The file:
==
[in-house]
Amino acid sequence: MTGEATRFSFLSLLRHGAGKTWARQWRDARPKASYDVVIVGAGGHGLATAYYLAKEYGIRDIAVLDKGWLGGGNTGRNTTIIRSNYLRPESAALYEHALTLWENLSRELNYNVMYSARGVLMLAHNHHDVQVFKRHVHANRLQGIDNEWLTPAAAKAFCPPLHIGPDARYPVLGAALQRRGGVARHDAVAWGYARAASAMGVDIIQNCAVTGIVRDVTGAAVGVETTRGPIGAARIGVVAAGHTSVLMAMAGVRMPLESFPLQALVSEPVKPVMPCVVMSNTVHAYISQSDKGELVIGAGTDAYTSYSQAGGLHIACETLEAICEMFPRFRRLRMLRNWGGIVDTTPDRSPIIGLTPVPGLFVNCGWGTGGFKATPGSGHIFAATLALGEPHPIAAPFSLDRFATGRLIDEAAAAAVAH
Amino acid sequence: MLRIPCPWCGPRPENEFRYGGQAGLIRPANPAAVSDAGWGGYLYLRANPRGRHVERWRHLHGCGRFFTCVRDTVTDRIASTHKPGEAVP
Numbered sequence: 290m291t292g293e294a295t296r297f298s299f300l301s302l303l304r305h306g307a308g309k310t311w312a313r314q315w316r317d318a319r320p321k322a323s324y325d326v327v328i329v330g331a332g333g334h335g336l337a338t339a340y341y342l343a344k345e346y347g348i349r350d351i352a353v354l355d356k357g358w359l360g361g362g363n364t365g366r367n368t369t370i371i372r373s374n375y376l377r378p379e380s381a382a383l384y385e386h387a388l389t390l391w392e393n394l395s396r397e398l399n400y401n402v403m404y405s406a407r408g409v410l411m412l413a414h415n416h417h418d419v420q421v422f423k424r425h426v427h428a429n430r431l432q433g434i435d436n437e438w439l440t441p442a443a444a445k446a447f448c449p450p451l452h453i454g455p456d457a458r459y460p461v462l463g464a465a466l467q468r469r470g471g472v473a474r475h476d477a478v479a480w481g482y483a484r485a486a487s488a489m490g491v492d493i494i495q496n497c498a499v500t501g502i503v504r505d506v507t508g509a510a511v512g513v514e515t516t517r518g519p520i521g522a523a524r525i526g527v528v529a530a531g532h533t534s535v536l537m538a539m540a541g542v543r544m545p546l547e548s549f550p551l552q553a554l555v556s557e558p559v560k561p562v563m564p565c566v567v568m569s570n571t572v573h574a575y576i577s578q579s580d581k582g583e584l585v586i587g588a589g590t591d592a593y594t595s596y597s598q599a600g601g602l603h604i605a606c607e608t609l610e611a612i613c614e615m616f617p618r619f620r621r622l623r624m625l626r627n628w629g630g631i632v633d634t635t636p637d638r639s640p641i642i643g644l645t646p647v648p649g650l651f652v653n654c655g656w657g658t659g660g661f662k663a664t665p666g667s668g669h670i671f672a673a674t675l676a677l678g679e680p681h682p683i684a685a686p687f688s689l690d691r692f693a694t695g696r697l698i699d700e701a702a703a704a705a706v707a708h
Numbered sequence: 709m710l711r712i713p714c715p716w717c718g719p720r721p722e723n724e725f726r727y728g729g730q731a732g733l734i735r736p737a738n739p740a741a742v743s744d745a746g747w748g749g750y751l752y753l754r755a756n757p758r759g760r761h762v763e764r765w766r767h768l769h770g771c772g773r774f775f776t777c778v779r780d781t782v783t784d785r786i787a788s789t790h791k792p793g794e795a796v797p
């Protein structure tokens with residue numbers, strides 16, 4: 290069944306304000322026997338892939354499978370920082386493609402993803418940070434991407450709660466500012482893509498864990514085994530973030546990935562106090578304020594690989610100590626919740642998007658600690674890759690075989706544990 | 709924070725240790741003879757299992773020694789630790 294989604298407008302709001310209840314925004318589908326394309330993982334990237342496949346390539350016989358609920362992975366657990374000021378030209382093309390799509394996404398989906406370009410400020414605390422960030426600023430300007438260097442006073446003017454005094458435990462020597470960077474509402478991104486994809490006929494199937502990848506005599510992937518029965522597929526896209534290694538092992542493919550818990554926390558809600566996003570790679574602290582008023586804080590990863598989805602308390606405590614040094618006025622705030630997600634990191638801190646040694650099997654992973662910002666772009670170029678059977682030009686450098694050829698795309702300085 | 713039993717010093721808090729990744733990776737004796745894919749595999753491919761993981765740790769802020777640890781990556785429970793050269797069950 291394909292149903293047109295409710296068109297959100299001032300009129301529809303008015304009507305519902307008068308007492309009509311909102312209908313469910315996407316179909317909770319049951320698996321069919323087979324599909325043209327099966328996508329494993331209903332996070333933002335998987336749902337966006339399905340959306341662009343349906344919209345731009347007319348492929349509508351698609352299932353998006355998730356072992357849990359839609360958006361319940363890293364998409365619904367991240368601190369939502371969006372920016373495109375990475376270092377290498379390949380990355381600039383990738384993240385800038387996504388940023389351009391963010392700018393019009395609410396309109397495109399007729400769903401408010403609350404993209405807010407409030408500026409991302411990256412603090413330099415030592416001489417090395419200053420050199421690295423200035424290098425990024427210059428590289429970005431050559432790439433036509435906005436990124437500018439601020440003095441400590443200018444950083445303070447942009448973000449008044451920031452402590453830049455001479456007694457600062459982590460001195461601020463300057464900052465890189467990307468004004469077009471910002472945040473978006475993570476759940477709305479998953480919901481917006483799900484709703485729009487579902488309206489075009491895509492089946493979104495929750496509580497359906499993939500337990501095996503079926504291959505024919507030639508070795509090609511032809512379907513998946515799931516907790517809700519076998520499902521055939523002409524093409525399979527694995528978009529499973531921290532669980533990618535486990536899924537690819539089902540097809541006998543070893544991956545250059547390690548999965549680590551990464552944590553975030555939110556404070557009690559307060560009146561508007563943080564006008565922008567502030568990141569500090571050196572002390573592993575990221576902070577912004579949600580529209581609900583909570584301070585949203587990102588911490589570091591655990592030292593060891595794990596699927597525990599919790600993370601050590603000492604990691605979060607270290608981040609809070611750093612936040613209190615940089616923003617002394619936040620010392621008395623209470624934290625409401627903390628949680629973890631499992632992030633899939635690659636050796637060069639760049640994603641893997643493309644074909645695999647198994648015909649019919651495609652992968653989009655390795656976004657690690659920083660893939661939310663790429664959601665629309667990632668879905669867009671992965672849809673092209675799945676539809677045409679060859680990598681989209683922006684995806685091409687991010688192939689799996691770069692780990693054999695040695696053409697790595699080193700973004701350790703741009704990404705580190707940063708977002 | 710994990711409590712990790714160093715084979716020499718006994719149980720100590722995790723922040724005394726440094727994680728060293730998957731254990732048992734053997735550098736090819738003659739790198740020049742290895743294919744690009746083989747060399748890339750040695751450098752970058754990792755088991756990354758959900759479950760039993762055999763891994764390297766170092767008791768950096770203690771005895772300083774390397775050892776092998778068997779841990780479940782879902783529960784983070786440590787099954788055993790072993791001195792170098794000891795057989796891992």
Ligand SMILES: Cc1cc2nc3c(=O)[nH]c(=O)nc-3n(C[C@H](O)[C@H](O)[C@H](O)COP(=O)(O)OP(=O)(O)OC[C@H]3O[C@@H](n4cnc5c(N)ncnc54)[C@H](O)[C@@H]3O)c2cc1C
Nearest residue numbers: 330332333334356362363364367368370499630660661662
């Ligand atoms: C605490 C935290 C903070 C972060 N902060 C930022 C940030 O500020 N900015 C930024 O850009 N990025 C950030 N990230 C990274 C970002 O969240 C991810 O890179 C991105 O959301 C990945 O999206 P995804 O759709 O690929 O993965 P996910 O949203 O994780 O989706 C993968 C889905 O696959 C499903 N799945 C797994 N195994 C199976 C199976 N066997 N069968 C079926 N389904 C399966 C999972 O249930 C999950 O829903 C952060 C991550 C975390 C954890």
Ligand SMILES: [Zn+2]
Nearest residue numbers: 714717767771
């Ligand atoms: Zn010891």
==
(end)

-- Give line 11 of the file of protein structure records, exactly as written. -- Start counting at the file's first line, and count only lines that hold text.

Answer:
Nearest residue numbers: 714717767771